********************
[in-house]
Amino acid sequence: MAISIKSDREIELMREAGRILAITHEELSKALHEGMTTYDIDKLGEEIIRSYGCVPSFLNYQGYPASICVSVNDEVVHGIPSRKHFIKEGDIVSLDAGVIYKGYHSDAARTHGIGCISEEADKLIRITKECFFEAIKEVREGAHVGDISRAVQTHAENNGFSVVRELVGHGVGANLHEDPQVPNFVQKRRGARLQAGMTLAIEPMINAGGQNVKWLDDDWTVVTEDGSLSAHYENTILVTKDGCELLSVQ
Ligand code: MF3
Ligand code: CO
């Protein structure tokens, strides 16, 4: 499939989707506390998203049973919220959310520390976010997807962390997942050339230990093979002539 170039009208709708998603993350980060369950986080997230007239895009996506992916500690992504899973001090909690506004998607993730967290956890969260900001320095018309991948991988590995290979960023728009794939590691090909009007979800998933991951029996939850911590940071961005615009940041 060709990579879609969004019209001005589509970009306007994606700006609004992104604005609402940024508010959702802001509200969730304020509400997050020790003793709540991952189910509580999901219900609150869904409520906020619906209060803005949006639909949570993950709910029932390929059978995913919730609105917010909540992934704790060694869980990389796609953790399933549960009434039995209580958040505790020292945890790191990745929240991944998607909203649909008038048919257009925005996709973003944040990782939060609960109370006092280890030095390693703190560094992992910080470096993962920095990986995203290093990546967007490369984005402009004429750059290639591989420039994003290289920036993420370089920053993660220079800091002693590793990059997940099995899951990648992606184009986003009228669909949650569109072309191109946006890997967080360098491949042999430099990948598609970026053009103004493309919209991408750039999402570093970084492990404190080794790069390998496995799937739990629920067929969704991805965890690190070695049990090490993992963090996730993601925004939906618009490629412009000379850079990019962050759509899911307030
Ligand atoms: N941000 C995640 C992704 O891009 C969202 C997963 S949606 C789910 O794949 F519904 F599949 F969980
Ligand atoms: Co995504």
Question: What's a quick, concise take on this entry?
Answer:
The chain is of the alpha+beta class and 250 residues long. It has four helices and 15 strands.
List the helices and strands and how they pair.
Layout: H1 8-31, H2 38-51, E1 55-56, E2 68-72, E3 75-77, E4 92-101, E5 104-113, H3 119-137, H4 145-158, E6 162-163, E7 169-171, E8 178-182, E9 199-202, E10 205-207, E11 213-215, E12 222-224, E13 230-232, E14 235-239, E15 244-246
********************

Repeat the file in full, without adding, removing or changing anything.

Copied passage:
[in-house]
Amino acid sequence: MAISIKSDREIELMREAGRILAITHEELSKALHEGMTTYDIDKLGEEIIRSYGCVPSFLNYQGYPASICVSVNDEVVHGIPSRKHFIKEGDIVSLDAGVIYKGYHSDAARTHGIGCISEEADKLIRITKECFFEAIKEVREGAHVGDISRAVQTHAENNGFSVVRELVGHGVGANLHEDPQVPNFVQKRRGARLQAGMTLAIEPMINAGGQNVKWLDDDWTVVTEDGSLSAHYENTILVTKDGCELLSVQ
Ligand code: MF3
Ligand code: CO
């Protein structure tokens, strides 16, 4: 499939989707506390998203049973919220959310520390976010997807962390997942050339230990093979002539 170039009208709708998603993350980060369950986080997230007239895009996506992916500690992504899973001090909690506004998607993730967290956890969260900001320095018309991948991988590995290979960023728009794939590691090909009007979800998933991951029996939850911590940071961005615009940041 060709990579879609969004019209001005589509970009306007994606700006609004992104604005609402940024508010959702802001509200969730304020509400997050020790003793709540991952189910509580999901219900609150869904409520906020619906209060803005949006639909949570993950709910029932390929059978995913919730609105917010909540992934704790060694869980990389796609953790399933549960009434039995209580958040505790020292945890790191990745929240991944998607909203649909008038048919257009925005996709973003944040990782939060609960109370006092280890030095390693703190560094992992910080470096993962920095990986995203290093990546967007490369984005402009004429750059290639591989420039994003290289920036993420370089920053993660220079800091002693590793990059997940099995899951990648992606184009986003009228669909949650569109072309191109946006890997967080360098491949042999430099990948598609970026053009103004493309919209991408750039999402570093970084492990404190080794790069390998496995799937739990629920067929969704991805965890690190070695049990090490993992963090996730993601925004939906618009490629412009000379850079990019962050759509899911307030
Ligand atoms: N941000 C995640 C992704 O891009 C969202 C997963 S949606 C789910 O794949 F519904 F599949 F969980
Ligand atoms: Co995504």
Question: What's a quick, concise take on this entry?
Answer:
The chain is of the alpha+beta class and 250 residues long. It has four helices and 15 strands.
List the helices and strands and how they pair.
Layout: H1 8-31, H2 38-51, E1 55-56, E2 68-72, E3 75-77, E4 92-101, E5 104-113, H3 119-137, H4 145-158, E6 162-163, E7 169-171, E8 178-182, E9 199-202, E10 205-207, E11 213-215, E12 222-224, E13 230-232, E14 235-239, E15 244-246